Date of Award

Spring 2023

Degree Type


Degree Name

Doctor of Philosophy (PhD)



Committee Chair

Dr. Heather M. Annulis

Committee Chair School


Committee Member 2

Dr. H. Quincy Brown

Committee Member 2 School


Committee Member 3

Dr. John J. Kmiec Jr.

Committee Member 3 School


Committee Member 4

Dr. Dale L. Lunsford

Committee Member 4 School



The purpose of this study is to explore employees’ perceived fairness and effectiveness of the performance appraisal process and the influence on employee retention. This study is based on a review of existing literature on performance management strategies. Drawing upon equity theory (Adams, 1963), human capital theory (Becker 1962, 1993), organizational justice theory (Greenberg, 1987), and expectancy theory (Vroom, 1964), the researcher explores talent management concepts to reveal the influence of employees’ perceptions of performance appraisals on employee retention. Collectively the theories form a theoretical framework highlighting the importance of Human Capital Development, including the effectiveness of performance appraisals, effective people management, talent development, and employee perceptions in the workplace.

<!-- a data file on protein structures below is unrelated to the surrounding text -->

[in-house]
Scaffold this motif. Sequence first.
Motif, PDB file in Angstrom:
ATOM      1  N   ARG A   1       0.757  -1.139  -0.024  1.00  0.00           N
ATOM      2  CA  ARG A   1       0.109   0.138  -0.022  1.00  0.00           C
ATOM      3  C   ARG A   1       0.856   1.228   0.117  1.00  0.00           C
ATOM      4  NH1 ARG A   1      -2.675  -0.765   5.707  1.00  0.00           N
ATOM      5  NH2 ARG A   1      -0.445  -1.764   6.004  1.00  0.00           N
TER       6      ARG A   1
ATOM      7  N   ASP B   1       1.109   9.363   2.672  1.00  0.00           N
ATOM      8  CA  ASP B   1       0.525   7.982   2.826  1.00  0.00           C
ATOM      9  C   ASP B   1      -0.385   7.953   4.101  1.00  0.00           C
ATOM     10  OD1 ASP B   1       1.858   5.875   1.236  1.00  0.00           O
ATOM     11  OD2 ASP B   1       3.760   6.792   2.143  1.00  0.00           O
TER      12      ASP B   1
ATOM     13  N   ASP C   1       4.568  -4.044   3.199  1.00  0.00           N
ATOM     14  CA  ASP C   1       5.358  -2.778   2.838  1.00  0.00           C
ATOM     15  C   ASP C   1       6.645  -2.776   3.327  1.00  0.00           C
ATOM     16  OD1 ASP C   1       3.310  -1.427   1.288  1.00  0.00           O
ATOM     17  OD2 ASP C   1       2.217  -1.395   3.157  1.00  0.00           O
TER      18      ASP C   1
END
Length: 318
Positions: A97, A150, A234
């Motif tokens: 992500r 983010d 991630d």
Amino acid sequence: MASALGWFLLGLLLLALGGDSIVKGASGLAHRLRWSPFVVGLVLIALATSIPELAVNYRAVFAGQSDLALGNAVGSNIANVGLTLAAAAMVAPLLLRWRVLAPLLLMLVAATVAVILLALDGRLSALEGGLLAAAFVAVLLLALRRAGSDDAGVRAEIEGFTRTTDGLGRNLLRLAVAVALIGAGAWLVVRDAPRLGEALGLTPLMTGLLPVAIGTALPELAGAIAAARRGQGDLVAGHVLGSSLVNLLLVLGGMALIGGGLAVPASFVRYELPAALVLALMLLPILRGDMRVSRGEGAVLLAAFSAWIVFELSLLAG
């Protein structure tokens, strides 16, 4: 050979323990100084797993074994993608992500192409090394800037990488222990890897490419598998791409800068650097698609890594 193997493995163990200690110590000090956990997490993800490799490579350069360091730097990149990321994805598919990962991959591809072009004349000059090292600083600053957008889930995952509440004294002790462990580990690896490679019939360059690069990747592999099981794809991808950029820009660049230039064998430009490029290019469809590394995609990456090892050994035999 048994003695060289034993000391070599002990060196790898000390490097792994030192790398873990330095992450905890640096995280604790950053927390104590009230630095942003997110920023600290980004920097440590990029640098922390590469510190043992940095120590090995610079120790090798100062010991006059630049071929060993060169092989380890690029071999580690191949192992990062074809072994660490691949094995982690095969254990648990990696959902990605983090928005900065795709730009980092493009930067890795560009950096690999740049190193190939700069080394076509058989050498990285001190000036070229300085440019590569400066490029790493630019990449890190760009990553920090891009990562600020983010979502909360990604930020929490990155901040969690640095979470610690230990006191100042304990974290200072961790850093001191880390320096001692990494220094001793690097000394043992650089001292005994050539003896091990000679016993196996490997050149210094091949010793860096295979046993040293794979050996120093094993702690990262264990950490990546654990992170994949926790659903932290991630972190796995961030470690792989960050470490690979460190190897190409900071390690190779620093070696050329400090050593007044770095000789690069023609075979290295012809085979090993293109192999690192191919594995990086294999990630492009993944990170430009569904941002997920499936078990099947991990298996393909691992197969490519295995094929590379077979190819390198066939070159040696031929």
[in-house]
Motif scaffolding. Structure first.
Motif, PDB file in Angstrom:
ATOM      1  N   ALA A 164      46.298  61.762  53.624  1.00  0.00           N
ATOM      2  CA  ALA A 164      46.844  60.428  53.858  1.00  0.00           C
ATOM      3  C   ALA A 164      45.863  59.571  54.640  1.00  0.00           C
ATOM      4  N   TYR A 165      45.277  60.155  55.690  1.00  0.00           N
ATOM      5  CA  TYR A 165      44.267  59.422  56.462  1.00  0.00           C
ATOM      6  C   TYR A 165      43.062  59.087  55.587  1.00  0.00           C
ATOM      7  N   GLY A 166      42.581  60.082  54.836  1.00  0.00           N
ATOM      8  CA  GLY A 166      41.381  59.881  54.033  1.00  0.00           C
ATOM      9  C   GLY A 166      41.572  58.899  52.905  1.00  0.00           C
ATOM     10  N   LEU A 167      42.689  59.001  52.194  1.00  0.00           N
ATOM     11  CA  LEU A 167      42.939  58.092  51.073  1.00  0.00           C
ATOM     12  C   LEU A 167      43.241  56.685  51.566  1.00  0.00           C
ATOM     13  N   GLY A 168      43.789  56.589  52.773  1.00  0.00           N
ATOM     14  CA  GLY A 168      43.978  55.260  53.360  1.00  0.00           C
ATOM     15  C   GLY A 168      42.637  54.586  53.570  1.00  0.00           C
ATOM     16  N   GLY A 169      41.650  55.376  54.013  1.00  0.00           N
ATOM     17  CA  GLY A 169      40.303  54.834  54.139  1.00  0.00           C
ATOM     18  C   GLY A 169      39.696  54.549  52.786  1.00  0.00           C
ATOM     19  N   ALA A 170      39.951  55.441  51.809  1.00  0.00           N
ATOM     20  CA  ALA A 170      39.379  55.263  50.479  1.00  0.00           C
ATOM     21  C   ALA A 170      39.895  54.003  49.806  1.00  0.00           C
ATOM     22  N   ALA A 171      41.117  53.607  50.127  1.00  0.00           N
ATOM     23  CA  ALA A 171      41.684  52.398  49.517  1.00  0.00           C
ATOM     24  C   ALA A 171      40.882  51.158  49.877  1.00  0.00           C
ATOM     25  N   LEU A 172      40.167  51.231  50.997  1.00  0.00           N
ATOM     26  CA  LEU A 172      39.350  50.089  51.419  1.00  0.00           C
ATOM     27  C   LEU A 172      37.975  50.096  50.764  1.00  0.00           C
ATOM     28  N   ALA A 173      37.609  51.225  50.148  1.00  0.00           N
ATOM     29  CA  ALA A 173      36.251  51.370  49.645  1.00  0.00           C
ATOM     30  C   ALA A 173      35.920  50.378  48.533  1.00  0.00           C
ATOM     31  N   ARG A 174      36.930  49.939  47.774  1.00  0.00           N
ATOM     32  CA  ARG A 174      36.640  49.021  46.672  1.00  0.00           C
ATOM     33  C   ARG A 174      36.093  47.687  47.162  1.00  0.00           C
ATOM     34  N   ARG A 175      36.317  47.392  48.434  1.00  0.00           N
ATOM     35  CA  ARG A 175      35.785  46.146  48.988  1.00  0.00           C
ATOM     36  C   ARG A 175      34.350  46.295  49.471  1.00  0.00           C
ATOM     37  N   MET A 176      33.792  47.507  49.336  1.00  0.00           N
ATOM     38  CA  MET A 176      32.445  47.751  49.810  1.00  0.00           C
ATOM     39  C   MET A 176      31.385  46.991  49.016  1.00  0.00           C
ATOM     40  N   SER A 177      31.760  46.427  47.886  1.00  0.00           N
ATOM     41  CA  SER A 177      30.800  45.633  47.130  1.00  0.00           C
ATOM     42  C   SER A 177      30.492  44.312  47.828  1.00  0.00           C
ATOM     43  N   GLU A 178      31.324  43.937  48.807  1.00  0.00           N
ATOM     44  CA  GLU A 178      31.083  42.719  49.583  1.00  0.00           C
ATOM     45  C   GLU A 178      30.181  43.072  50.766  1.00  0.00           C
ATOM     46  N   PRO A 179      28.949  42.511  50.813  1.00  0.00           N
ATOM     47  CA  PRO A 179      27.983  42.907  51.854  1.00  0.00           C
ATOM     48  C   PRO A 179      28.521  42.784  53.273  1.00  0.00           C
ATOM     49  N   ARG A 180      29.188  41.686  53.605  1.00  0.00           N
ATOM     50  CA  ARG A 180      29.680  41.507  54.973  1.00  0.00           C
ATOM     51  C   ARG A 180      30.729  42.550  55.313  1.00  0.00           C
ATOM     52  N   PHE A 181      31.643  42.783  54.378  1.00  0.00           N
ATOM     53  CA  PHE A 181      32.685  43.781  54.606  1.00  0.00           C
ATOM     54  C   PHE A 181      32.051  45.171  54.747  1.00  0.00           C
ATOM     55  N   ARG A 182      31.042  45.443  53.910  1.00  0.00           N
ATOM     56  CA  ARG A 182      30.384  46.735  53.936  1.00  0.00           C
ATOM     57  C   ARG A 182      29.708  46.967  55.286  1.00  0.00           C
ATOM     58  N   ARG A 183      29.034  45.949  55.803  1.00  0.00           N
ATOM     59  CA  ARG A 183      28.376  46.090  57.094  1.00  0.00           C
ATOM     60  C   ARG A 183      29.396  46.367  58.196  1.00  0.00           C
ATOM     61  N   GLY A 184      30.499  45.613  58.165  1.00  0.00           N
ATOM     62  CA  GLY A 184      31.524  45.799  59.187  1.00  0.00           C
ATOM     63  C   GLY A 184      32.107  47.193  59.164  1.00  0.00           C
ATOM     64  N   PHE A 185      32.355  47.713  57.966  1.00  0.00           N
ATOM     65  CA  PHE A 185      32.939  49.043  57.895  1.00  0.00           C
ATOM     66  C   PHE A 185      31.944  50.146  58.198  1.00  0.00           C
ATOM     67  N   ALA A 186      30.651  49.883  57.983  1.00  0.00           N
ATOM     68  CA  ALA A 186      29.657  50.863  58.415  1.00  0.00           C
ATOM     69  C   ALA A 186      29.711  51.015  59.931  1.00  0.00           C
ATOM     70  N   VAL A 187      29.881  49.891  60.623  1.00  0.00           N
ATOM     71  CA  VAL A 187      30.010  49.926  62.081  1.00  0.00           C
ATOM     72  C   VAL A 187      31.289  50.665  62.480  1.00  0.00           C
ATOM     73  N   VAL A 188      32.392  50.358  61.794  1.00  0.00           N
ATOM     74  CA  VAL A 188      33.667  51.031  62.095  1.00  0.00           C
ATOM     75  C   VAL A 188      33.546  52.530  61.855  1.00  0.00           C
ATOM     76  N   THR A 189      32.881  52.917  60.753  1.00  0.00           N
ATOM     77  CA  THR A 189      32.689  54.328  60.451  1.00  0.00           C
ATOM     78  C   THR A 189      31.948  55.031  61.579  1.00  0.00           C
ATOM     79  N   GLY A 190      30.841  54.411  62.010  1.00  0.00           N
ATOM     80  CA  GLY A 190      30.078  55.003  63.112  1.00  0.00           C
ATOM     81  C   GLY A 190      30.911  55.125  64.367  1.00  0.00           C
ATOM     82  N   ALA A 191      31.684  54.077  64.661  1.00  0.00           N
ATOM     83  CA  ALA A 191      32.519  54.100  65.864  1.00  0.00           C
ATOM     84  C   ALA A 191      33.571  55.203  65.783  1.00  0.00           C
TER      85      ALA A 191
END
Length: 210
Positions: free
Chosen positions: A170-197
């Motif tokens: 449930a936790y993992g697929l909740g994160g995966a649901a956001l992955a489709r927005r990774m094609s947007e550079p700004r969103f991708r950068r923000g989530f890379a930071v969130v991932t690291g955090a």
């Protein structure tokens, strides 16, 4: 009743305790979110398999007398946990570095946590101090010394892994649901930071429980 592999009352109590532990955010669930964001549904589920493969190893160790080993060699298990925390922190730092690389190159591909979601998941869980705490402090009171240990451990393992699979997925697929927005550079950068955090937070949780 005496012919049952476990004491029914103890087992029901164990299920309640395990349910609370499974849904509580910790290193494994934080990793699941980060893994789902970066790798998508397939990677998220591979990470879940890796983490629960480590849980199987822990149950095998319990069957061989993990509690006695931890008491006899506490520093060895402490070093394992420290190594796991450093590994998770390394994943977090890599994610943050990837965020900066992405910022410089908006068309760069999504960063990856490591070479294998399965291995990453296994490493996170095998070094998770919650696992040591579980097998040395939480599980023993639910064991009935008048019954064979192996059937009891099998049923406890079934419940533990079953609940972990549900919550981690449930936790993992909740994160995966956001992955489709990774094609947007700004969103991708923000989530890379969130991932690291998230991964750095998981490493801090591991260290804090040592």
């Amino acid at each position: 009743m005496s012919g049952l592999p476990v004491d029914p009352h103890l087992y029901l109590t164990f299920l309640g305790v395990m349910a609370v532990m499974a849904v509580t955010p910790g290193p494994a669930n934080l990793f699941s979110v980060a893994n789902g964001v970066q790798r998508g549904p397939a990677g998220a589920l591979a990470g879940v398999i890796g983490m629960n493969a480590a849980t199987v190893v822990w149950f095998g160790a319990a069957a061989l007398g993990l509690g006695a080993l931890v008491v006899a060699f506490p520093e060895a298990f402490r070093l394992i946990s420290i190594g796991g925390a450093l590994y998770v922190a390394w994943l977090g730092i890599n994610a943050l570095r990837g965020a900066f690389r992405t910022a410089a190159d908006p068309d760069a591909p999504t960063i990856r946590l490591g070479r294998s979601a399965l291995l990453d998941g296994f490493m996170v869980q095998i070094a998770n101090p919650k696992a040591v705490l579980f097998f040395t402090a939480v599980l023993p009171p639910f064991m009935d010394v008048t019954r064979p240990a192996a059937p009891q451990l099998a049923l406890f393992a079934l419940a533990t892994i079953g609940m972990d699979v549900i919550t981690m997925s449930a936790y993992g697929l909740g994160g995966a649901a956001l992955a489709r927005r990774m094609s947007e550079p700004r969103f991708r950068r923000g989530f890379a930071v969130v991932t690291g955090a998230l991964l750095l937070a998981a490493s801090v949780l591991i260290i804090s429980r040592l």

This qualitative study utilizes interpretive phenomenological analysis to reveal employees’ perceived fairness and effectiveness of performance appraisals. The data analysis reveals five themes which are process effectiveness, supervisor relationship, fairness, purpose, and intent to stay. This research may help leaders to improve performance appraisal effectiveness and employee retention. Findings suggest that employees’ perceived value, relationships with supervisors, and justice influence perceptions of the performance appraisal process and retention. Recommendations are offered for leaders and supervisors that influence performance appraisal processes and outcomes within the organization.